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Experts: Did UN troops infect Haiti?

Laurie Garrett, senior fellow for global health at the Council on Foreign Relations, said it is clear that the disease was imported to Haiti but that it is still not clear by whom or how. She said the epidemic will contain lessons for humanitarian relief work and disaster relief around the world.

"It has to be either peacekeepers or humanitarian relief workers, that's the bottom line," she said.

Mekalanos said researchers might be more aggressive in finding the source of the infection if the case was less sensitive.

"I think that it is an attempt to maybe do the politically right thing and leave some agencies a way out of this embarrassment. But they should understand that ... there is a bigger picture here," he said. "It's a threat to the whole region."

He also cast doubt on U.N. military tests released this week that showed no sign of cholera. The tests were taken from leaking water and an underground waste container at the base a week after the epidemic was first noted and processed at a lab in the neighboring Dominican Republic, U.N. spokesman Vincenzo Pugliese said.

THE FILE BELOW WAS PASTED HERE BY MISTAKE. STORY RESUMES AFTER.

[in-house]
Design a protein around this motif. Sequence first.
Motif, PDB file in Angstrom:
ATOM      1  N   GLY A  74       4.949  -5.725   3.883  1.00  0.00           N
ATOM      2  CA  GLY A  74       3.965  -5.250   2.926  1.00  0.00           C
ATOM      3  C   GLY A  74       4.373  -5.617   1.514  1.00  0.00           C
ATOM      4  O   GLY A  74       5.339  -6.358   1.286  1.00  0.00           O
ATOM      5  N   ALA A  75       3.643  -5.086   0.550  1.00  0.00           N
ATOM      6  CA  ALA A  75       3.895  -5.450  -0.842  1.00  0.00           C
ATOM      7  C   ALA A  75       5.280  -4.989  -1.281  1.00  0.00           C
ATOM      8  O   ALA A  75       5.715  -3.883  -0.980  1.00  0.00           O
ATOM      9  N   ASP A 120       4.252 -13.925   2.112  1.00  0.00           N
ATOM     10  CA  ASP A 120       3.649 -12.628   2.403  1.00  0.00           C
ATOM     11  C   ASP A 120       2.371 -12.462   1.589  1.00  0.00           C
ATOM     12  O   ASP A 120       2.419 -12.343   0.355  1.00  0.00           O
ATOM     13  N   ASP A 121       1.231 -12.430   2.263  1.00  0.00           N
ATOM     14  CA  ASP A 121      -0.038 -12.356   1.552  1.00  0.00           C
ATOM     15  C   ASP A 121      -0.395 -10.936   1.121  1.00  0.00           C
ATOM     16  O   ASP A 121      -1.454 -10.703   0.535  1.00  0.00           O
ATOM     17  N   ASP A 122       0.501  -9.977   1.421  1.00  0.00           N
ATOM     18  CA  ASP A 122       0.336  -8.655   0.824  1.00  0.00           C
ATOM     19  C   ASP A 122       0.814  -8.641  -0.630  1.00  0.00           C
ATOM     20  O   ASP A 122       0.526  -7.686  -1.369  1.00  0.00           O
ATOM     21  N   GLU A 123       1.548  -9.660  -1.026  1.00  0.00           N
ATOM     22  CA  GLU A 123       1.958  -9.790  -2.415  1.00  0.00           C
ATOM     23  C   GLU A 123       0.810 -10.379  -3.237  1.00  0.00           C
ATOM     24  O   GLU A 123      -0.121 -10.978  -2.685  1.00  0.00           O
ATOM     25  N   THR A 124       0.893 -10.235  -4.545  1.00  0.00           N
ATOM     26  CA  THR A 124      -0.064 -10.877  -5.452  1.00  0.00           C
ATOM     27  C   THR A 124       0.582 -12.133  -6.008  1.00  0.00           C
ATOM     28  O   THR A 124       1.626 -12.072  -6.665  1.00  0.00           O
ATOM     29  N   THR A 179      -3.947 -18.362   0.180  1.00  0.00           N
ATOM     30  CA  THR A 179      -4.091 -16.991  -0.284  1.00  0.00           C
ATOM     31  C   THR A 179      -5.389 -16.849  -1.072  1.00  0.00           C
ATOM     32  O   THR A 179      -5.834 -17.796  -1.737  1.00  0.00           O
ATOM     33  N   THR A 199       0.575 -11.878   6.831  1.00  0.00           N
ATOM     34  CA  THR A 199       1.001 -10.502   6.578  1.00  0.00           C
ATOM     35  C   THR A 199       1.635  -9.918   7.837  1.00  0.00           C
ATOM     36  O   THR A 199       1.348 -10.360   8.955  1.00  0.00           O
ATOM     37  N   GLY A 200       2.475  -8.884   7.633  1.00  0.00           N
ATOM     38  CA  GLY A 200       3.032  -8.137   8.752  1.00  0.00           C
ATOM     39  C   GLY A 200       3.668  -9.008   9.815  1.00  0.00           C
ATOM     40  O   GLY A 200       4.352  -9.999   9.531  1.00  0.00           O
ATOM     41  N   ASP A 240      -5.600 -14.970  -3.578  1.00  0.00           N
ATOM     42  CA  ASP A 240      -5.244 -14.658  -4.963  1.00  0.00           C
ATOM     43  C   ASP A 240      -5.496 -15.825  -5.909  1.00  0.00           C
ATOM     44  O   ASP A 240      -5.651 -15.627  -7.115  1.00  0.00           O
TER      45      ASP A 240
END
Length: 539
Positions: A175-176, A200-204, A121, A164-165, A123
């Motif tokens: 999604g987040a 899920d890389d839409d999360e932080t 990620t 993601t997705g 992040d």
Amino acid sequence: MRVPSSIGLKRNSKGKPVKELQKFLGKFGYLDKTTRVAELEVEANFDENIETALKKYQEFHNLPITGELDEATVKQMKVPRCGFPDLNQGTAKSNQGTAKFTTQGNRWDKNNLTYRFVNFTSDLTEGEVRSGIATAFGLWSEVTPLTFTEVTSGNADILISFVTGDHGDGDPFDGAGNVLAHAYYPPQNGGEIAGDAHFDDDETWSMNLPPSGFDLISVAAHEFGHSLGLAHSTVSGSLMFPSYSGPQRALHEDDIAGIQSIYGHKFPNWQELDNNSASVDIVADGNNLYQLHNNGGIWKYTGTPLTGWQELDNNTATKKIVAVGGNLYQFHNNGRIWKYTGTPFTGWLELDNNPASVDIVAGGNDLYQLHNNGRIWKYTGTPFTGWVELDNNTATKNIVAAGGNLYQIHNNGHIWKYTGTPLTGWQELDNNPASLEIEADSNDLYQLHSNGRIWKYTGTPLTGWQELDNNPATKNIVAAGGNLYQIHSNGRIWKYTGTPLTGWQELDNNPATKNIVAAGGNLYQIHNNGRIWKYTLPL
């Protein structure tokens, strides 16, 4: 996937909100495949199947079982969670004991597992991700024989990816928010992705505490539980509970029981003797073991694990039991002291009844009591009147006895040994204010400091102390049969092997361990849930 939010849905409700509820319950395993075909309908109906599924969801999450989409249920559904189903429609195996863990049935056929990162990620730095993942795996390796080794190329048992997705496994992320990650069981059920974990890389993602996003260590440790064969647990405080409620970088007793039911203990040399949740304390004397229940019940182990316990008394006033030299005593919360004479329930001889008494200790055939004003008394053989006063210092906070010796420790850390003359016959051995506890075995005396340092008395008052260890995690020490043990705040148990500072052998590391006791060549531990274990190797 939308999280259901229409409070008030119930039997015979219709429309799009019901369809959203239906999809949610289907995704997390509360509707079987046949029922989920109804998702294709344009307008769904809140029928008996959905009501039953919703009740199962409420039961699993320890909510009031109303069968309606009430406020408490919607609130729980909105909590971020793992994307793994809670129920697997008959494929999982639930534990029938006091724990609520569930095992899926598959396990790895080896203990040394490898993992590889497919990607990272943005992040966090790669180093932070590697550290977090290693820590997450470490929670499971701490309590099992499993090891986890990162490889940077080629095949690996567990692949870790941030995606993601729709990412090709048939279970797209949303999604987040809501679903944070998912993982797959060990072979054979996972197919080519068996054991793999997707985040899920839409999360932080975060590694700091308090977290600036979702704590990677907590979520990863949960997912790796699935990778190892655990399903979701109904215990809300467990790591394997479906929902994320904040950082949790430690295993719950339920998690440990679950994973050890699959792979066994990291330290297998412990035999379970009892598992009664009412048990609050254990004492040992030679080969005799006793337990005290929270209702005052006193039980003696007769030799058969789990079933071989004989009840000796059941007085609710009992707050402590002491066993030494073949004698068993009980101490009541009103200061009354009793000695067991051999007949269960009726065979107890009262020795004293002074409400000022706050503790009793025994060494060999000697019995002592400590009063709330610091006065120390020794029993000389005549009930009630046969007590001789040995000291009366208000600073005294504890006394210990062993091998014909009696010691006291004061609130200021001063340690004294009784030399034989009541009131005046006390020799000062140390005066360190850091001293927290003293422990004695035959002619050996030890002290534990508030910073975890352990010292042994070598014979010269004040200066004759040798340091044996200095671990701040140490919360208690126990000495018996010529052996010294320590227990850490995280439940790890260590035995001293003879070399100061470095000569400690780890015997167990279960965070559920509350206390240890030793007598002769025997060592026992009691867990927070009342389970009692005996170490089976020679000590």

Mekalanos said that it is extremely difficult to accurately isolate cholera in environmental samples and that false negatives are common.

The Nepalese troops were not tested for cholera before their deployment if they did not present symptoms. But health officials say 75 percent of people infected with cholera bacteria do not show symptoms and can still pass on the disease for weeks.

A spokesman for the World Health Organization said finding the cause of the outbreak is "not important right now."

"Right now, there is no active investigation. I can't say one way or another (if there will be). It is not something we are thinking about at the moment. What we are thinking about is the public health response in Haiti," said spokesman Gregory Hartl.

The Harvard experts said more conclusive evidence would be available following closer examinations of the genetic material in the strain.

CDC spokeswoman Kathryn Harben said in an e-mail that the center will make the full genomic DNA sequence available when it is confirmed.

"At some point in the future, when many different analyses of the strain are complete, it may be possible to identify the origin of the strain causing the outbreak in Haiti," she said.

Farmer, who co-founded the medical organization Partners in Health that is a leading responder in the epidemic, said there is no reason to wait.

"The idea that we'd never know is not very likely," he said. "There's got to be a way to know the truth without pointing fingers."

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Associated Press reporter Colleen Barry in Geneva contributed to this article.


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